The FT points out that US businesses wish to cooperate with China while the politicians in both parties want to compete:

America’s public and private elites are no longer as one on China, if they ever were. In Washington, vigilance to Beijing is the nearest thing there is to a bipartisan verity. Democrats, no less than Republicans, brood over Chinese gains in artificial intelligence and hypersonic missiles. Successive governments have tried to knit a web of Asian and Australasian friends by way of counterweight. Trump’s tariffs remain largely in place.

In Wall Street and beyond, though, commercial imperatives are reasserting themselves. There is no outright contradiction here: it is not as if the government barred or even discouraged all business with China. There is no lack of logic, either. If US firms don’t seize the openings, ones from Europe or elsewhere will.

Among some people on the left, the term ‘cooperation’ has a much more positive vibe than ‘competition’.  They see the business world as ultra-competitive, and that often pushes their interests toward public policy.  But what if they have it backwards?  What if the business world is cooperative and the political world us ultra-competitive?  After all, businesses are trying to do deals with people in China–mutually beneficial trades.  That cooperation.  Politicians in American want to hurt the Chinese economy, to prevent China from threatening the US position as being number one in the world.  They do so with high tariffs on Chinese goods, and sanctions aimed at destroying Chinese tech firms such as Huawei.

Businesses are much less likely than politicians to engage in zero sum thinking.  If China booms, there’s more opportunity for all US businesses to make profits in that growing market.  On the other hand, there can be only one country that has the most powerful military on Earth.

This difference between business and politics shows up in many forms.  While a growing economy helps all firms, the size of Congress is fixed at 535 senators and representatives.  One more for the Democrats means one fewer from the Republicans.  Politics is zero sum, a dog eat dog world.

Many people inappropriately apply sports analogies to business “competition“.  When the Milwaukee Bucks played the Brooklyn Nets last night, the Bucks players stood in front of Nets players, trying to physically impede their progress.  This type of “competition” is pretty rare in the world of business.  You rarely see UPS organize blockades outside FedEx warehouses, trying to impede their trucks from delivering goods.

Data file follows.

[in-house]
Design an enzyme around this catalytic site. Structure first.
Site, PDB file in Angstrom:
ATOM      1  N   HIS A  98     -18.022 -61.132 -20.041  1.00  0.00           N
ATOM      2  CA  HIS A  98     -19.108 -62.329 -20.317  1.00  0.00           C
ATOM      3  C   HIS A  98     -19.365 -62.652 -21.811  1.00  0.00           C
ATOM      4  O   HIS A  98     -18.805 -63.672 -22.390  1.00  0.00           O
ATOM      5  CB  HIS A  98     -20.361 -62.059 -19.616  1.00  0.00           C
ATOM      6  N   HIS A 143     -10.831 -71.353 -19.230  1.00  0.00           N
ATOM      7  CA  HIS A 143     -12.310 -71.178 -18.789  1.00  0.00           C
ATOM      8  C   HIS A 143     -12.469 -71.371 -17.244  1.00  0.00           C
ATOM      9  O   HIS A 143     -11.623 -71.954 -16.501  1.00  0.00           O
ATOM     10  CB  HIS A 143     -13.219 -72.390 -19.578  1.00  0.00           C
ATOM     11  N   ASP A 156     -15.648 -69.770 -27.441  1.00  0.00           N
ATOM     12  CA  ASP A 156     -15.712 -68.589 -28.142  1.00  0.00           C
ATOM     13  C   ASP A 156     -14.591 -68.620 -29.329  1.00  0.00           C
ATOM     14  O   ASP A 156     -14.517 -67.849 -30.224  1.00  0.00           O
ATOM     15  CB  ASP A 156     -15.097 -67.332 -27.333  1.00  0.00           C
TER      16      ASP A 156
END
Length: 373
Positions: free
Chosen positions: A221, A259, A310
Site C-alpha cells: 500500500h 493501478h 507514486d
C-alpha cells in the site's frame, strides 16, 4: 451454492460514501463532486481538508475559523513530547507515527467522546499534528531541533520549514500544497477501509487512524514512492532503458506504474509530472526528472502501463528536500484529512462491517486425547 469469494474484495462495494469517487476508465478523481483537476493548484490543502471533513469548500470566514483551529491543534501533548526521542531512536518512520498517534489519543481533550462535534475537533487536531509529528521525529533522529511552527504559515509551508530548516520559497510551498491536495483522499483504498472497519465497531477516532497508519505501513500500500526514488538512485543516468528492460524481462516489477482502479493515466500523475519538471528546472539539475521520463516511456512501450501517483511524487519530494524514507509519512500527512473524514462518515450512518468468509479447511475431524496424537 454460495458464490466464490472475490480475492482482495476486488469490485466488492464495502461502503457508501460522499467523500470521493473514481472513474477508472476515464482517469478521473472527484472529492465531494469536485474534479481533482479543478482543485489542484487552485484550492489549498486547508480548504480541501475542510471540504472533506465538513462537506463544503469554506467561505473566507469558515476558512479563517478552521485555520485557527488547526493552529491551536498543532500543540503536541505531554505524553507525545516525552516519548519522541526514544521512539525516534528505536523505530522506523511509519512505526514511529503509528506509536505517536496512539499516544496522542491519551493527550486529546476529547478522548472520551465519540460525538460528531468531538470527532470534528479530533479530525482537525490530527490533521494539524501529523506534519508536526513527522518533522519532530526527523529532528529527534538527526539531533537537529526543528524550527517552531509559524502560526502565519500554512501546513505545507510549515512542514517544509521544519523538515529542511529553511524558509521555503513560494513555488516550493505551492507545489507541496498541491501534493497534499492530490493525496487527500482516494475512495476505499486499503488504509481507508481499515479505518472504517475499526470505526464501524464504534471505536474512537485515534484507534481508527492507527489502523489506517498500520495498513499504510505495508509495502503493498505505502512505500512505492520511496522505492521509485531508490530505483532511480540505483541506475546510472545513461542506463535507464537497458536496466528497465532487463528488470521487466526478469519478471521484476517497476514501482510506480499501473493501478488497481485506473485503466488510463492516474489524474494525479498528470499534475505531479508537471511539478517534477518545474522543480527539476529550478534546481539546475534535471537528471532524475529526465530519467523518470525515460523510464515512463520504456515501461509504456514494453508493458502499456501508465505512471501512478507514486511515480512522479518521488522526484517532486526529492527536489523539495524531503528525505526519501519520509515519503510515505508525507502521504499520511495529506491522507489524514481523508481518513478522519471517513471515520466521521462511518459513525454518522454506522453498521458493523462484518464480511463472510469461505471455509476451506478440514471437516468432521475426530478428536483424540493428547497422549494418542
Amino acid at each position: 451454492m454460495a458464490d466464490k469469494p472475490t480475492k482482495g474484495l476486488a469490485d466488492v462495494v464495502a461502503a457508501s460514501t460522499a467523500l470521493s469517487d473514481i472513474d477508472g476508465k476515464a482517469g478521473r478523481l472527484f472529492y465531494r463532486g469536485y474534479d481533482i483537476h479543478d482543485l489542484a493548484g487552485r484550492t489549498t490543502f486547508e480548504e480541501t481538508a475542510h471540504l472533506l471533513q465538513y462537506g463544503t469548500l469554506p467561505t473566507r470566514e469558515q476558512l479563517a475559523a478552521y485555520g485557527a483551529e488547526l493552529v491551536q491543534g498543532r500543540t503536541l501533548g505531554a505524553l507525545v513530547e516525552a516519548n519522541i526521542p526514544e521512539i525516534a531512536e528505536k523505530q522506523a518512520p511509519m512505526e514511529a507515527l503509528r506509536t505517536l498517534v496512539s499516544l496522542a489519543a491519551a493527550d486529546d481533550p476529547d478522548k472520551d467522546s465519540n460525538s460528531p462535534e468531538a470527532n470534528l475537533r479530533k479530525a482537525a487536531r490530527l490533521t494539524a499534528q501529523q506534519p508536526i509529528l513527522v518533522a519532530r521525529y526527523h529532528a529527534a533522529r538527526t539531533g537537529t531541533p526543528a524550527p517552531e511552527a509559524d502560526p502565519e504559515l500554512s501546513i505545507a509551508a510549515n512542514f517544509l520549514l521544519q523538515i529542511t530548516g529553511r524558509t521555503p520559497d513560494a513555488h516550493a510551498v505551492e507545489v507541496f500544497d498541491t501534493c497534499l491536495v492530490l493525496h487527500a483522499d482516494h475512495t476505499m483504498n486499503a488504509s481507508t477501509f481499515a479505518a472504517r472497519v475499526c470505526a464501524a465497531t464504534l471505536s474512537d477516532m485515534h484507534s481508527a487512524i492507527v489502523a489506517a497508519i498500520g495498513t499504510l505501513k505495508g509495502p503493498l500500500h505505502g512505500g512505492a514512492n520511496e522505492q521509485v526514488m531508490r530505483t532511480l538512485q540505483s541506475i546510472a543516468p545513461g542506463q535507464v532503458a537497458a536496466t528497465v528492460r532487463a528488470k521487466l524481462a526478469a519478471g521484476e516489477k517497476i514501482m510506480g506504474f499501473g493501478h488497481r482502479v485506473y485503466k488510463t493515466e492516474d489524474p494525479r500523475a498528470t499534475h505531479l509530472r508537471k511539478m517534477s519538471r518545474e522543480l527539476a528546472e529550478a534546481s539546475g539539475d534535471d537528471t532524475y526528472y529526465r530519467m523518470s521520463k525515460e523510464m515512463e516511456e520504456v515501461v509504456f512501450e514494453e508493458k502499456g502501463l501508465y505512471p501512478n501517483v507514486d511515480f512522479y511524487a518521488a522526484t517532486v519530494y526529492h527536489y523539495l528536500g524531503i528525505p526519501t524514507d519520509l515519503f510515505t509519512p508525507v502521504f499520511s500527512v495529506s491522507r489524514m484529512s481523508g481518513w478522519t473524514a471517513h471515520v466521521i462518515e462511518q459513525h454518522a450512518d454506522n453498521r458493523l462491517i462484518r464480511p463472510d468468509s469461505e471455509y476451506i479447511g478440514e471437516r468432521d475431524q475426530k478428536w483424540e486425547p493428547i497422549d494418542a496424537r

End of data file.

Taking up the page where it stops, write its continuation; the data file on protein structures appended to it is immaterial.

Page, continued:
Most business advertising is aimed at making the firm’s products seem more desirable, to encourage cooperation with consumers and suppliers. A large share of political advertising is aimed at destroying the reputation of the other candidate—attack ads.  US government sanctions against China are aimed at preventing Chinese firms from doing business, not at making the American “political product” look more desirable.

While the Bucks and Nets compete on the basketball court, they do very little competing in the business world.  Indeed the two firms must cooperate at least to some extent; otherwise the league would not even be able to agree on a schedule of games.  To the extent that the Nets compete with anyone (very indirectly), it is by trying to be attractive enough to Brooklyn residents that they will chose Nets games over other Brooklyn activities.  They aren’t really even trying to lure Milwaukee fans away from the Bucks.  That’s a very mild form of ‘competition’, if you insist on using that sports term.  In a business sense, Nets star Kevin Durant “competes” only by trying to make his game look more appealing to fans at the nearby hockey game.  (From a business vantage point, the GOAT debate would be whether Michael Jordon or LeBron James was more effective at luring other sports fans to the NBA.)  In a business sense, Nets and Bucks players cooperate to produce “entertainment”.

At the end of the article, the FT issues a warning:

If what beckons is less a cold war than a lukewarm one, with contact maintained through economics, so much the better. But the US has not had to wrestle with such ambiguities before. It has never been so tied to an existential rival. As a doctrinally communist state, not a titular one, Soviet Russia wasn’t waving in foreign wealth-managers by the Audi-load. America was a relatively closed economy when it was up against wartime Germany, Imperial Japan and the Spanish empire.

If anything, there is something of turn-of-the-20th-century Europe about the US and China: the same economic integration and political froideur, the same sense of countries at once entwined and not. There is no reason the contradictions should unravel with similar force, but nor can they can be denied or glossed over.

I can’t know for certain who is right on the China issue, although my sympathies lie with the business perspective.  But we do now know with almost 100% certainty who was right in the early 1900s.  The Europeans businesses that favored globalization were right and the nationalists politicians were wrong.  Not just the German nationalists, pretty much all the European leaders were wrong.

PS.  BTW, when considering last night’s game keep in mind that the Bucks had a number of key injuries and the Nets shot a ridiculous 53% from three, in  . . . oh wait . . in losing to the Bucks by 23 points.   🙂